Take a look at Statoil’s new lodestar

A star, a turbine, a drill bit, a windmill. Many possible associations may arise from the new logo which will adorn the group’s installations and buildings after the name change from StatoilHydro to Statoil on 1 November 2009.

“This is a star, a lodestar for a company which aims to be a pathfinder in oil, gas and other energy forms,” says StatoilHydro employees who have seen the logo before its release. The symbol has actually also been created on the basis of the Nordic starry sky, which in generations has served as a guide for people who seek to cross new borders. The star symbolises the ambition of further pioneer efforts on the Norwegian continental shelf and internationally, and of finding and creating more efficient energy. The logo, or brand, is designed in the magenta colour, which is a mixture of red and purple. A lodestar should be strong and bright, and it was therefore a natural choice to use a forceful colour for the group’s new symbol.

Furthermore, this means that the company stands strongly out from its competitors.

The new visual expression, which has been developed in cooperation with Scandinavian Design Group (SDG), is implemented due to the need for a renewal of the corporate profile. The group has great growth ambitions internationally, and wanted a distinct visual identity which could work as a driving force in this process.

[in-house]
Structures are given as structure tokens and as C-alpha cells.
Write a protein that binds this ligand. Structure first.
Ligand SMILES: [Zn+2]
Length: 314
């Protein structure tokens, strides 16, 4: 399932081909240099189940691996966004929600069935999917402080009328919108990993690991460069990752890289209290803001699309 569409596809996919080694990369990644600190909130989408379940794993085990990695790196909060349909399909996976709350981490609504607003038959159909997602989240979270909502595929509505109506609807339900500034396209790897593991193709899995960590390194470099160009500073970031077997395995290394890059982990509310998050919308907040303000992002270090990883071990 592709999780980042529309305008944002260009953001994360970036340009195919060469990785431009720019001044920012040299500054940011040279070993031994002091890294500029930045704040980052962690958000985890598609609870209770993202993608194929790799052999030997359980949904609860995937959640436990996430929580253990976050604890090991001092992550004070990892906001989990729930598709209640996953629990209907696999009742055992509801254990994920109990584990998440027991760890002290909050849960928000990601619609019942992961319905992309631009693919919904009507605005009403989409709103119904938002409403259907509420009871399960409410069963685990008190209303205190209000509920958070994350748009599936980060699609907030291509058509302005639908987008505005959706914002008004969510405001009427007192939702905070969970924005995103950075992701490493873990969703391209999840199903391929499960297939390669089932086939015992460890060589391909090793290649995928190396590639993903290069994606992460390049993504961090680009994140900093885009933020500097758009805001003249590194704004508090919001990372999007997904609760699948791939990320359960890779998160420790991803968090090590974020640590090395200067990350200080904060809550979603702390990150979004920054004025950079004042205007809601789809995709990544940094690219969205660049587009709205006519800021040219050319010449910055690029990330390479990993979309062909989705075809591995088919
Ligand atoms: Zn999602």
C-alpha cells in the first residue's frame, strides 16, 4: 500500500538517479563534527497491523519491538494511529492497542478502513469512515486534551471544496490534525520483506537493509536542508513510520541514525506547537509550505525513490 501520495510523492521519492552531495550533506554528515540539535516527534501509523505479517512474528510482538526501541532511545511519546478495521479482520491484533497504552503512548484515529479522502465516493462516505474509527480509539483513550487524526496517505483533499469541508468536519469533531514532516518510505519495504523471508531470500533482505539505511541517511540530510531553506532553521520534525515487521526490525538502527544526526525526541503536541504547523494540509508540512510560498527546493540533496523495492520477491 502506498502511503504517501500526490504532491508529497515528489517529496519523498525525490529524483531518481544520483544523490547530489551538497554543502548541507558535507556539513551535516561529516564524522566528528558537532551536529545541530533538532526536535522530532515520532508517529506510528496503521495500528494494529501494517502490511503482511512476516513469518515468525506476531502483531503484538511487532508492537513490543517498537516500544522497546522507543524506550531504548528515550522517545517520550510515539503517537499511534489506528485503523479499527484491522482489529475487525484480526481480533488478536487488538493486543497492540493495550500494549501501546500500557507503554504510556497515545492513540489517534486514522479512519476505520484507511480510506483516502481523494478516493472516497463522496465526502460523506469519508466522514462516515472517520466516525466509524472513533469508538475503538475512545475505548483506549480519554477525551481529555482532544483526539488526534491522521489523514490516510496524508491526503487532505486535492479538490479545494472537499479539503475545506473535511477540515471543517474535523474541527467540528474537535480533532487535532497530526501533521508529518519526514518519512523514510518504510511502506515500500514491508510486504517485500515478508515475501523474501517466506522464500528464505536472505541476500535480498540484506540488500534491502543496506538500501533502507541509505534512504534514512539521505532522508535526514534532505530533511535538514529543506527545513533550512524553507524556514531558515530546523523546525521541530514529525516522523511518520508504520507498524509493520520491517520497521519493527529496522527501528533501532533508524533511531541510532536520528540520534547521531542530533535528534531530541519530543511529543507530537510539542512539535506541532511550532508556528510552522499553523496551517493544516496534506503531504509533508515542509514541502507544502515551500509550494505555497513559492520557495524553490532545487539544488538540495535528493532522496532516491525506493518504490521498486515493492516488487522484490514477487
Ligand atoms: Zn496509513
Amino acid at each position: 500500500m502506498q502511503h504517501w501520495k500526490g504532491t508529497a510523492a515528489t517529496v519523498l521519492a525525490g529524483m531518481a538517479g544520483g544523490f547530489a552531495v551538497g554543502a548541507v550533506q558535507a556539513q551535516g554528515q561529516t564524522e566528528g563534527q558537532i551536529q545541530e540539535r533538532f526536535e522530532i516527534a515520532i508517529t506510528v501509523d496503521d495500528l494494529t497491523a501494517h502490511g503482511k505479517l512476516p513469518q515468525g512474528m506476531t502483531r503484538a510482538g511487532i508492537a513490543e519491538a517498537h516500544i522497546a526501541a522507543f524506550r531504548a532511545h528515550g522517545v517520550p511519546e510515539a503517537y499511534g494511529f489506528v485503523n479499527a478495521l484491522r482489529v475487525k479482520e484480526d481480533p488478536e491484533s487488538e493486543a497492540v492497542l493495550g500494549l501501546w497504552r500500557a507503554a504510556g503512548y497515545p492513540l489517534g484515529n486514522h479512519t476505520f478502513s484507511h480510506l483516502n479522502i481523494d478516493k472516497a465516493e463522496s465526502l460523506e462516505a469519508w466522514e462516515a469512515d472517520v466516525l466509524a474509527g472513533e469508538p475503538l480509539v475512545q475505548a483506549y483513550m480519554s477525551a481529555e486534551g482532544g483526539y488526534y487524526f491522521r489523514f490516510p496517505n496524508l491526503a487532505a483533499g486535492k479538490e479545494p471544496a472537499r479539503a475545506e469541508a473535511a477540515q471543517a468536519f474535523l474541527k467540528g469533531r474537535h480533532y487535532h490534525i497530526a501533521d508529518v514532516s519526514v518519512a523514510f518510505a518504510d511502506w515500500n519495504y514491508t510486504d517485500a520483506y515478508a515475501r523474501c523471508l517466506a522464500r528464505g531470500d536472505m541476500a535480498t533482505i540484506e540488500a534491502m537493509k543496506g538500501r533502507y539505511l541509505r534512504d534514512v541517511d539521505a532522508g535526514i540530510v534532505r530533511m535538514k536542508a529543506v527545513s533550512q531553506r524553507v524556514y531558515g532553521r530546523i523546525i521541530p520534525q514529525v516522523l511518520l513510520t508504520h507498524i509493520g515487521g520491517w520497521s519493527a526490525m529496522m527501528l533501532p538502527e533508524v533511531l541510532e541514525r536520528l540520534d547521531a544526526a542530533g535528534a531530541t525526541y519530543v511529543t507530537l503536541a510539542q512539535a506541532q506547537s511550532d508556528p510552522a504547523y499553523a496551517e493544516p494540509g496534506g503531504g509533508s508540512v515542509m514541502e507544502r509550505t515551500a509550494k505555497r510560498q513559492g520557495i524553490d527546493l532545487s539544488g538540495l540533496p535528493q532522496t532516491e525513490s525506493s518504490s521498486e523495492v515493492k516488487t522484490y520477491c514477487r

The name will be decided on the company’s Annual General Meeting on 19 May. The legal date for changing the name from StatoilHydro to Statoil is 1 November this year.

From that day, the Statoil name will be connected to two different profiles: “the drop” as we know it will continue to mark the Statoil identity on our service stations both domestically and abroad. It is primarily in Norway that both symbols will be seen. The Statoil identity of the service stations is so familiar and incorporated that the fuel companies will benefit from developing this further.

The assessment is that this part of the group’s operations can compete well on its own premises with its needs and target groups. In addition, the cost of changing the profile of the network of service stations is estimated at nearly NOK 2 billion, an expense which in any case is beyond consideration in the current situation.

The change of profile will entail new signs and flags and change of much material in the 42 countries we operate in. In addition, 26 offshore installations will be rebranded. The physical part is not the most important. The group will use the momentum such a change could create to clarify its ambitions and strategy for the future, and to shed light on issues which are important for the company’s future.

Source: StatoilHydro.com

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